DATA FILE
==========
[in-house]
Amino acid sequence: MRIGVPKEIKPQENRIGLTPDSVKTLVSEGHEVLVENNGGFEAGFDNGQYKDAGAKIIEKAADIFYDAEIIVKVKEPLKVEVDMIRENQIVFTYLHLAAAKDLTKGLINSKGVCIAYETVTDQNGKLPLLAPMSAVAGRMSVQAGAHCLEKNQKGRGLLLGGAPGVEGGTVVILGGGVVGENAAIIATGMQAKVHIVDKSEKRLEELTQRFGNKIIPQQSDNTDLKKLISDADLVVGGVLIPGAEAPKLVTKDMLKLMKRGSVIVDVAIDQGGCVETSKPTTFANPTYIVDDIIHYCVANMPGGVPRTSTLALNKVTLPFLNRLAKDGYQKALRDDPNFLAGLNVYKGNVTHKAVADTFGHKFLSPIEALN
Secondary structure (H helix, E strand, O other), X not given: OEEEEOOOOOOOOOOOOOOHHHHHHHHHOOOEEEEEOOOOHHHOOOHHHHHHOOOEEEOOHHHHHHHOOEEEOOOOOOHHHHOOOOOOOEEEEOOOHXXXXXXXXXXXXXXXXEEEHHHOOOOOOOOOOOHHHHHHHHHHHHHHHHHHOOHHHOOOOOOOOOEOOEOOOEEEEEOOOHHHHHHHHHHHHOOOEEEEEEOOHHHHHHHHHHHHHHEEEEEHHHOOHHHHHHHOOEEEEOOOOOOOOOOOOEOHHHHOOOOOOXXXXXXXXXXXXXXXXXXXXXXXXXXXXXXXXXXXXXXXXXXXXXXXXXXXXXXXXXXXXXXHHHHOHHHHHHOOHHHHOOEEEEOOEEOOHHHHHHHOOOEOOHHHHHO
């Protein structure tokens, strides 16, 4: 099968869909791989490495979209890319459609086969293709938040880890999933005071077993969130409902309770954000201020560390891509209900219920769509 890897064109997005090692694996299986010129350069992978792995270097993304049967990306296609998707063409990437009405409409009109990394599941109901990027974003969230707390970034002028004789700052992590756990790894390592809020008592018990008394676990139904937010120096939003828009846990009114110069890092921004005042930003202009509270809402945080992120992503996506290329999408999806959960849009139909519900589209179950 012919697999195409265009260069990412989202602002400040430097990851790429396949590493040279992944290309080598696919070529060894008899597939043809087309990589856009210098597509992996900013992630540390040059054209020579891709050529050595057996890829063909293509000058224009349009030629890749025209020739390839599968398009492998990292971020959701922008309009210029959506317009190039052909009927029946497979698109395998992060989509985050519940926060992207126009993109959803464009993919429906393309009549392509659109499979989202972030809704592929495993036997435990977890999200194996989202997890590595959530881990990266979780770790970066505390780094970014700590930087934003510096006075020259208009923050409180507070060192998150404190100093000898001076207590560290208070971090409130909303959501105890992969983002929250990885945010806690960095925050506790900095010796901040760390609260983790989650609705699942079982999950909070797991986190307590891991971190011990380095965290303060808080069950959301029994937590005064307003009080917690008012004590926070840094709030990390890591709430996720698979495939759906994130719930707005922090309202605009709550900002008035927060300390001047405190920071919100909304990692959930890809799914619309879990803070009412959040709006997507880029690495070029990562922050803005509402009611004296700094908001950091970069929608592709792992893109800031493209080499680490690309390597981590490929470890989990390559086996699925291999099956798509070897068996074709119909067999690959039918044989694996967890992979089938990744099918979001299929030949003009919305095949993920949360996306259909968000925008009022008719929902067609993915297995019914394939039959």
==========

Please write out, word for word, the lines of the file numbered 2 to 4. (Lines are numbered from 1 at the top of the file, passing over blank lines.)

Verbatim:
Amino acid sequence: MRIGVPKEIKPQENRIGLTPDSVKTLVSEGHEVLVENNGGFEAGFDNGQYKDAGAKIIEKAADIFYDAEIIVKVKEPLKVEVDMIRENQIVFTYLHLAAAKDLTKGLINSKGVCIAYETVTDQNGKLPLLAPMSAVAGRMSVQAGAHCLEKNQKGRGLLLGGAPGVEGGTVVILGGGVVGENAAIIATGMQAKVHIVDKSEKRLEELTQRFGNKIIPQQSDNTDLKKLISDADLVVGGVLIPGAEAPKLVTKDMLKLMKRGSVIVDVAIDQGGCVETSKPTTFANPTYIVDDIIHYCVANMPGGVPRTSTLALNKVTLPFLNRLAKDGYQKALRDDPNFLAGLNVYKGNVTHKAVADTFGHKFLSPIEALN
Secondary structure (H helix, E strand, O other), X not given: OEEEEOOOOOOOOOOOOOOHHHHHHHHHOOOEEEEEOOOOHHHOOOHHHHHHOOOEEEOOHHHHHHHOOEEEOOOOOOHHHHOOOOOOOEEEEOOOHXXXXXXXXXXXXXXXXEEEHHHOOOOOOOOOOOHHHHHHHHHHHHHHHHHHOOHHHOOOOOOOOOEOOEOOOEEEEEOOOHHHHHHHHHHHHOOOEEEEEEOOHHHHHHHHHHHHHHEEEEEHHHOOHHHHHHHOOEEEEOOOOOOOOOOOOEOHHHHOOOOOOXXXXXXXXXXXXXXXXXXXXXXXXXXXXXXXXXXXXXXXXXXXXXXXXXXXXXXXXXXXXXXHHHHOHHHHHHOOHHHHOOEEEEOOEEOOHHHHHHHOOOEOOHHHHHO
């Protein structure tokens, strides 16, 4: 099968869909791989490495979209890319459609086969293709938040880890999933005071077993969130409902309770954000201020560390891509209900219920769509 890897064109997005090692694996299986010129350069992978792995270097993304049967990306296609998707063409990437009405409409009109990394599941109901990027974003969230707390970034002028004789700052992590756990790894390592809020008592018990008394676990139904937010120096939003828009846990009114110069890092921004005042930003202009509270809402945080992120992503996506290329999408999806959960849009139909519900589209179950 012919697999195409265009260069990412989202602002400040430097990851790429396949590493040279992944290309080598696919070529060894008899597939043809087309990589856009210098597509992996900013992630540390040059054209020579891709050529050595057996890829063909293509000058224009349009030629890749025209020739390839599968398009492998990292971020959701922008309009210029959506317009190039052909009927029946497979698109395998992060989509985050519940926060992207126009993109959803464009993919429906393309009549392509659109499979989202972030809704592929495993036997435990977890999200194996989202997890590595959530881990990266979780770790970066505390780094970014700590930087934003510096006075020259208009923050409180507070060192998150404190100093000898001076207590560290208070971090409130909303959501105890992969983002929250990885945010806690960095925050506790900095010796901040760390609260983790989650609705699942079982999950909070797991986190307590891991971190011990380095965290303060808080069950959301029994937590005064307003009080917690008012004590926070840094709030990390890591709430996720698979495939759906994130719930707005922090309202605009709550900002008035927060300390001047405190920071919100909304990692959930890809799914619309879990803070009412959040709006997507880029690495070029990562922050803005509402009611004296700094908001950091970069929608592709792992893109800031493209080499680490690309390597981590490929470890989990390559086996699925291999099956798509070897068996074709119909067999690959039918044989694996967890992979089938990744099918979001299929030949003009919305095949993920949360996306259909968000925008009022008719929902067609993915297995019914394939039959």